A winter storm that had threatened Thanksgiving travel gridlock on the US East Coast has so far proven less troublesome than originally feared.
High winds and rain have delayed hundreds of flights but have failed to cause commuting misery on one of the busiest travel days of the year.
A National Weather Service official called it a "fairly typical storm for this time of year".
More than 43 million Americans will travel during the holiday.
The storm, which developed on the West Coast over the weekend and has been blamed for nearly a dozen deaths, may still dump heavy snow on parts of the East Coast.
About 6in (15cm) of snow is forecast for parts of West Virginia and western Pennsylvania, while up to 1ft could fall in a pocket of upstate New York.
More than 250 flights were delayed on Wednesday along the East Coast, far fewer than the thousands originally predicted.
Travellers had been braced for long waits at the airport, but many were left pleasantly surprised.
"We thought it would be busier here but there've been no lines, and it has been really quiet all morning," Katie Fleisher told the Associated Press news agency at Boston's Logan airport.
But meteorologists warned that falling temperatures could create icy road conditions for those who put off travel until Wednesday evening.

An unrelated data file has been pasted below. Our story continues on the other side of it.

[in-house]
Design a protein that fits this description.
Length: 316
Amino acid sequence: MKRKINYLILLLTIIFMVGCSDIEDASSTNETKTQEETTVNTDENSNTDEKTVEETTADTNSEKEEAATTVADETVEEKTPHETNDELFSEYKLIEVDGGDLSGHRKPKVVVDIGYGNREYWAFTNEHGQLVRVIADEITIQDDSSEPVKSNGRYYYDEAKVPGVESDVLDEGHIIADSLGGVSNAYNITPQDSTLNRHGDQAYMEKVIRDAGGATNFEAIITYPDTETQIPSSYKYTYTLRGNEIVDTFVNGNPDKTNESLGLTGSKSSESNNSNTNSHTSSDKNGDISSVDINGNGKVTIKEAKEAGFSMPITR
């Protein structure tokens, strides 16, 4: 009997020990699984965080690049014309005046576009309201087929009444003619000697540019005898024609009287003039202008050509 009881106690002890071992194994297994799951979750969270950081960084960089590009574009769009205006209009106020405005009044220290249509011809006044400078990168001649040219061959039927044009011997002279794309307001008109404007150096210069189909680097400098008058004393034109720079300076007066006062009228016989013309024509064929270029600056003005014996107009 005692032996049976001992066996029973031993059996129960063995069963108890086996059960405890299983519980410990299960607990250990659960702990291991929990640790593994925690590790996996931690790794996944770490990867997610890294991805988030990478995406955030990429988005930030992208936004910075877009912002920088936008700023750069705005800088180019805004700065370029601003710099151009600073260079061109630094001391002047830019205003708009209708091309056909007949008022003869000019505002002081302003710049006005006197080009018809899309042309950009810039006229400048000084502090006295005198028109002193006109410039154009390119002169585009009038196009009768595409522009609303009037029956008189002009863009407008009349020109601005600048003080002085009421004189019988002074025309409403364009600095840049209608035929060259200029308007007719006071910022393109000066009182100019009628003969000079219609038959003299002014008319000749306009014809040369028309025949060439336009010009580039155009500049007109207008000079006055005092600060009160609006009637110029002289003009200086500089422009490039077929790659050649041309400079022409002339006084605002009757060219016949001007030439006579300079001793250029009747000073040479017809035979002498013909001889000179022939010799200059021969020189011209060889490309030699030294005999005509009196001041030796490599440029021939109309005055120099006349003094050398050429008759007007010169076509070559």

The Boston area is forecast to face 60mph (97km/h) winds. And the city of Philadelphia in Pennsylvania state has been placed under flood watch.
The storm is also threatening a time-honoured Thanksgiving tradition: the New York Macy's Thanksgiving parade.
New safety rules following a 1997 serious injury caused by a windblown balloon could prevent their use on Thursday if gusts are too high.
Thanksgiving has been marked for hundreds of years, and is generally thought to commemorate a 1621 harvest feast the pilgrims shared with Indians after settling at Plymouth, in what is now Massachusetts.
The modern festival sees millions of people travel to be with family, eat turkey feasts, watch NFL football matches and - in recent years - plan or even begin their assault on the holiday sales.